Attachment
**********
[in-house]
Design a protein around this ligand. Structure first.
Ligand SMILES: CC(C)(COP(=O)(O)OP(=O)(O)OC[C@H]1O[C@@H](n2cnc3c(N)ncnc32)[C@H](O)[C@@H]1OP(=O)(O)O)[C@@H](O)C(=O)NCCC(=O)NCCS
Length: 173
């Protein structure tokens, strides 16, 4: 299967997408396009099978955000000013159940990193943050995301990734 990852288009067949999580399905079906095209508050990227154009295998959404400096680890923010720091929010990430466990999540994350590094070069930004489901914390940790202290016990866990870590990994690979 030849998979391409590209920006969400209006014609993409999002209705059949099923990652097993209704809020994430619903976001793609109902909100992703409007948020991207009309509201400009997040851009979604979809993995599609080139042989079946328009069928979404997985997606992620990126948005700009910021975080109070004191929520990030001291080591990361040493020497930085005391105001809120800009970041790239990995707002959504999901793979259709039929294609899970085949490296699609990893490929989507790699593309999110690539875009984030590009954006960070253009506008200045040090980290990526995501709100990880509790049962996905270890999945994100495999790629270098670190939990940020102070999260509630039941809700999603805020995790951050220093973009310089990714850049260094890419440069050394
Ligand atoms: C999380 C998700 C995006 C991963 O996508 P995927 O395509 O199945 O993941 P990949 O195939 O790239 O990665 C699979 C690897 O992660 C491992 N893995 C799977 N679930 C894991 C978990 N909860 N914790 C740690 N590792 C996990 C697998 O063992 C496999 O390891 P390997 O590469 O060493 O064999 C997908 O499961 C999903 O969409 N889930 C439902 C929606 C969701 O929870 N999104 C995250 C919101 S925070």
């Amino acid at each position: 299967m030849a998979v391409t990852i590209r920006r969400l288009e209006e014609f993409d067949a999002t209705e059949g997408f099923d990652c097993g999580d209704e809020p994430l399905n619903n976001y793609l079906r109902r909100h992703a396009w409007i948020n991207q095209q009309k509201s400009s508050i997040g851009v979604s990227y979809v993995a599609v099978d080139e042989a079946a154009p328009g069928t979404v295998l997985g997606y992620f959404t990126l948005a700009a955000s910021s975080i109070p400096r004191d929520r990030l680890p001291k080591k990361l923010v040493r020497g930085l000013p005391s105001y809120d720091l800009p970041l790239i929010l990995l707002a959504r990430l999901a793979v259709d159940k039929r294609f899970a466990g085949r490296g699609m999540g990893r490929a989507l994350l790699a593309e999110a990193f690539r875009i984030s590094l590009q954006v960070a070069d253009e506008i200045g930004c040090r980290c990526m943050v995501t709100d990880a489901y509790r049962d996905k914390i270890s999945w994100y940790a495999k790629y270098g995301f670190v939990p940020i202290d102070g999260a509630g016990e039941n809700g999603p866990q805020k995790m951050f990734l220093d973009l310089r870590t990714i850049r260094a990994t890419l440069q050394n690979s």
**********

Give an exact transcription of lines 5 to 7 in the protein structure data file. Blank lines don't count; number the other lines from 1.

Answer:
């Protein structure tokens, strides 16, 4: 299967997408396009099978955000000013159940990193943050995301990734 990852288009067949999580399905079906095209508050990227154009295998959404400096680890923010720091929010990430466990999540994350590094070069930004489901914390940790202290016990866990870590990994690979 030849998979391409590209920006969400209006014609993409999002209705059949099923990652097993209704809020994430619903976001793609109902909100992703409007948020991207009309509201400009997040851009979604979809993995599609080139042989079946328009069928979404997985997606992620990126948005700009910021975080109070004191929520990030001291080591990361040493020497930085005391105001809120800009970041790239990995707002959504999901793979259709039929294609899970085949490296699609990893490929989507790699593309999110690539875009984030590009954006960070253009506008200045040090980290990526995501709100990880509790049962996905270890999945994100495999790629270098670190939990940020102070999260509630039941809700999603805020995790951050220093973009310089990714850049260094890419440069050394
Ligand atoms: C999380 C998700 C995006 C991963 O996508 P995927 O395509 O199945 O993941 P990949 O195939 O790239 O990665 C699979 C690897 O992660 C491992 N893995 C799977 N679930 C894991 C978990 N909860 N914790 C740690 N590792 C996990 C697998 O063992 C496999 O390891 P390997 O590469 O060493 O064999 C997908 O499961 C999903 O969409 N889930 C439902 C929606 C969701 O929870 N999104 C995250 C919101 S925070």
């Amino acid at each position: 299967m030849a998979v391409t990852i590209r920006r969400l288009e209006e014609f993409d067949a999002t209705e059949g997408f099923d990652c097993g999580d209704e809020p994430l399905n619903n976001y793609l079906r109902r909100h992703a396009w409007i948020n991207q095209q009309k509201s400009s508050i997040g851009v979604s990227y979809v993995a599609v099978d080139e042989a079946a154009p328009g069928t979404v295998l997985g997606y992620f959404t990126l948005a700009a955000s910021s975080i109070p400096r004191d929520r990030l680890p001291k080591k990361l923010v040493r020497g930085l000013p005391s105001y809120d720091l800009p970041l790239i929010l990995l707002a959504r990430l999901a793979v259709d159940k039929r294609f899970a466990g085949r490296g699609m999540g990893r490929a989507l994350l790699a593309e999110a990193f690539r875009i984030s590094l590009q954006v960070a070069d253009e506008i200045g930004c040090r980290c990526m943050v995501t709100d990880a489901y509790r049962d996905k914390i270890s999945w994100y940790a495999k790629y270098g995301f670190v939990p940020i202290d102070g999260a509630g016990e039941n809700g999603p866990q805020k995790m951050f990734l220093d973009l310089r870590t990714i850049r260094a990994t890419l440069q050394n690979s």